Dozens of IRGC-linked Flights Landed in Moscow; U.S. Says Drone Deal Advancing

Data shows 42 flights by Iranian firms under U.S. sanctions - since Ukraine war began. U.S. official says drone deal moving ahead: 'Russians are training in Iran'

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U.S. sanctioned Pouya Air's Il-76 (EP-PUS) landing in Moscow in 2020
U.S. sanctioned Pouya Air's Il-76 (EP-PUS) landing in Moscow in 2020Credit: N509FZ/Wikipedia

The number of Iranian cargo flights to Russia has surged since the war in Ukraine began, an analysis of open-source flight data shows.

Since April, at least 42 flights by Iranian carriers linked to Iran's Revolutionary Guards have landed in Moscow, compared to just three in 2021.

Dozens of IRGC-linked flights to Moscow. Some also fly arms to DamascusCredit: N509fz, Khashayar Talebzadeh, Gsmar/Wikipedia and Icarus Flights

Last month, U.S. National Security Advisor Jake Sullivan said that Iran was preparing to supply armed drones to Russia for use in its invasion of Ukraine. Sullivan said Russia had asked Iran to provide it with hundreds of drones; he also revealed satellite photos showing two visits to Iran by a Russian delegation during which they were shown armed drones.

A U.S. official told Haaretz this week that the Russians have already started training in Iran on using the drones.

It’s impossible to determine from the flight data what cargo the planes were carrying or whether Iran has already begun supplying the drones.

Last week, an aide to Ukrainian President Volodymyr Zelenskyy said that Iran had already provided Russia with 46 drones and that the Russian army had begun using them on the battlefield.

The U.S. official did not confirm that drones had arrived in Russia, but added: “During the last several weeks, Russian officials conducted training in Iran as part of the agreement for UAV transfers from Iran to Russia.”

According to an analysis by Dutch aviation tracker Gerjon, three cargo planes have plied the Tehran-Moscow route in recent months – two 747 jumbo jets belonging to airlines Qeshm Fars Air and Iran Air Cargo, plus a Pouya Air Ilyushin-76.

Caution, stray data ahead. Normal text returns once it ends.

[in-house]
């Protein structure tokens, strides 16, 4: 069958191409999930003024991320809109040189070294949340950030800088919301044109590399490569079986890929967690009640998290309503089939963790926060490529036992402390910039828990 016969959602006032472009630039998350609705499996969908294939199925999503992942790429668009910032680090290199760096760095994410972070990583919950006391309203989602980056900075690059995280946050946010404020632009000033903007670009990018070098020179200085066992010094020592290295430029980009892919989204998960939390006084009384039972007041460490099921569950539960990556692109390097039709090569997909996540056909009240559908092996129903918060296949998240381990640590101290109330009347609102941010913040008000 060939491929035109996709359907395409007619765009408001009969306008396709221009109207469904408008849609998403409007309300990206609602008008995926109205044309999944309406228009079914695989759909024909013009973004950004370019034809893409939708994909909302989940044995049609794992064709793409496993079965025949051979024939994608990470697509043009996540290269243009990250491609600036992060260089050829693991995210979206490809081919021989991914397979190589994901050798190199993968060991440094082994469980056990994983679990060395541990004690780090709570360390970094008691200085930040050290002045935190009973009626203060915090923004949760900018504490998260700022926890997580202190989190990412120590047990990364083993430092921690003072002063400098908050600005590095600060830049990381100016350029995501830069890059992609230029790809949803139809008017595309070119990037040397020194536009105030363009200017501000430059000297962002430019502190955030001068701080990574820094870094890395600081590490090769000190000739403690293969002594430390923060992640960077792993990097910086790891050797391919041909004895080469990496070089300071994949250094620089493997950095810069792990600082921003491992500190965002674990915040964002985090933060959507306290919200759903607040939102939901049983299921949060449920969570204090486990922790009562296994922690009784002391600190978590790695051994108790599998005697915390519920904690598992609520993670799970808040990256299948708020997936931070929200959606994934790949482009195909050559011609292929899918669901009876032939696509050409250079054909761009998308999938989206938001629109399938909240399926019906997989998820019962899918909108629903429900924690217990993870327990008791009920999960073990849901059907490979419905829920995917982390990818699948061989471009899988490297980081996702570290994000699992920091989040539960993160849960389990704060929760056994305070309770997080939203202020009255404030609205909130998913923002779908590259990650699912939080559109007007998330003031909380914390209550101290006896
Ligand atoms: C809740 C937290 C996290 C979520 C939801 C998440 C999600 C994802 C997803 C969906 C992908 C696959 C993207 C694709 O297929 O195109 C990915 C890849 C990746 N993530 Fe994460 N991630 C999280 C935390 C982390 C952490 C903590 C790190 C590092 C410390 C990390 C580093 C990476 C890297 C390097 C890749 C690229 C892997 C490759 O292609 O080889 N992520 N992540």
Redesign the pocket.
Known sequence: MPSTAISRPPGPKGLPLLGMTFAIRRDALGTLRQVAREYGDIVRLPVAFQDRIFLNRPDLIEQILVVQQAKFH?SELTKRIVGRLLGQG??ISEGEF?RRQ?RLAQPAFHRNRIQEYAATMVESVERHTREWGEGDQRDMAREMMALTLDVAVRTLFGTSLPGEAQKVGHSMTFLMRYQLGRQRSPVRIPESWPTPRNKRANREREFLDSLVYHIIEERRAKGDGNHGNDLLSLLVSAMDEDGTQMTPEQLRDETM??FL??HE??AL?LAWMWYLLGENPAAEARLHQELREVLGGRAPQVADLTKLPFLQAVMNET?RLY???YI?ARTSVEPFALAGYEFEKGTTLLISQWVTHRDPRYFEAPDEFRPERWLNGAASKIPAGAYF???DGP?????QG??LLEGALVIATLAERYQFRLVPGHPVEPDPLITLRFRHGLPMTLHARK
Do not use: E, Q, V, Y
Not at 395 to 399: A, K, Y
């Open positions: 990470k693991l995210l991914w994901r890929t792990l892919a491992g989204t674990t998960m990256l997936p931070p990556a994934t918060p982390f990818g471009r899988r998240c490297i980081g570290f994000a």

The latter is under American sanctions for flying fighters and arms to Syria on behalf of the Revolutionary Guards’ Quds Force during Syria’s civil war. Qeshm Fars Air is also under U.S. sanctions over its ties to Quds Force and for transporting fighters, arms and other cargo to Syria. The particular plane now flying to Moscow had previously plied the route between Tehran and Damascus for years. The three planes have made at least 42 trips from Tehran to Moscow since the war in Ukraine began, compared to three in 2021.

The surge in flights attests to the strengthening of ties between the two countries, especially under Russia's growing isolation following its invasion into Ukraine. Iran announced last month that it had signed a deal with Russia to expand cooperation in the aviation sector and provide spare parts for planes, after Western sanctions on Moscow caused a severe shortage and serious problems with airplane maintenance. Some of the Iranian cargo planes may have been carrying these spare parts.

As part of the warming ties, Russia earlier this week launched into orbit a satellite fitted with high-resolution camera, after Iran had for years failed doing so.

Putin’s drone war

Russian President Vladimir Putin began the war in Ukraine with significant gaps in Russia’s capabilities and military preparedness, especially with regard to drones. The Russian arsenal contained only one drone in significant numbers – the Orlan-10, a surveillance drone used mainly to identify Ukrainian targets for Russian artillery and rocket batteries.

Another surveillance drone, the Forpost-R, is based on the Israel Aerospace Industries Searcher and manufactured in Russia under license. It has been modified to carry a limited payload of guided missiles.

“Of course the Russians saw what was happening around the world in the drone field and took notes. But they came late to the field,” said Samuel Bendett, who researches Russia’s unmanned capabilities for the Center for Naval Analyses in Arlington, Virginia. “Consequently, when the war in Ukraine began, they had very few armed drones and loitering munitions”.

Ukraine entered the war much better prepared with regard to drones. It had dozens of Turkish-made Bayraktar TB2 drones that carry both surveillance gear and antitank missiles. And it made considerable use of them at the start of the war to stop columns of Russian tanks and carry out long-range attacks.

Iran's Shahed 136 loitering munition

The Ukrainians also have an advantage in loitering munitions, mainly thanks to a shipment of hundreds of Switchblade kamikaze drones from the United States.

“Russia went to war on the assumption that it would be over very quickly, and in this field as well they failed to prepare adequately,” Bendett said.

The Russians are now trying to fill the gap with drones from Iran. If the deal goes through, it will presumably include attack drones such as the Shahed 129 and Mohajer-6, as well as the Shahed 136, which is a type of loitering munition that Iran manufactures in large quantities.


Read this story in Hebrew:
טהראן אקספרס: עשרות טיסות הקשורות למשמרות המהפכה נחתו במוסקבה מאז הפלישה לאוקראינה

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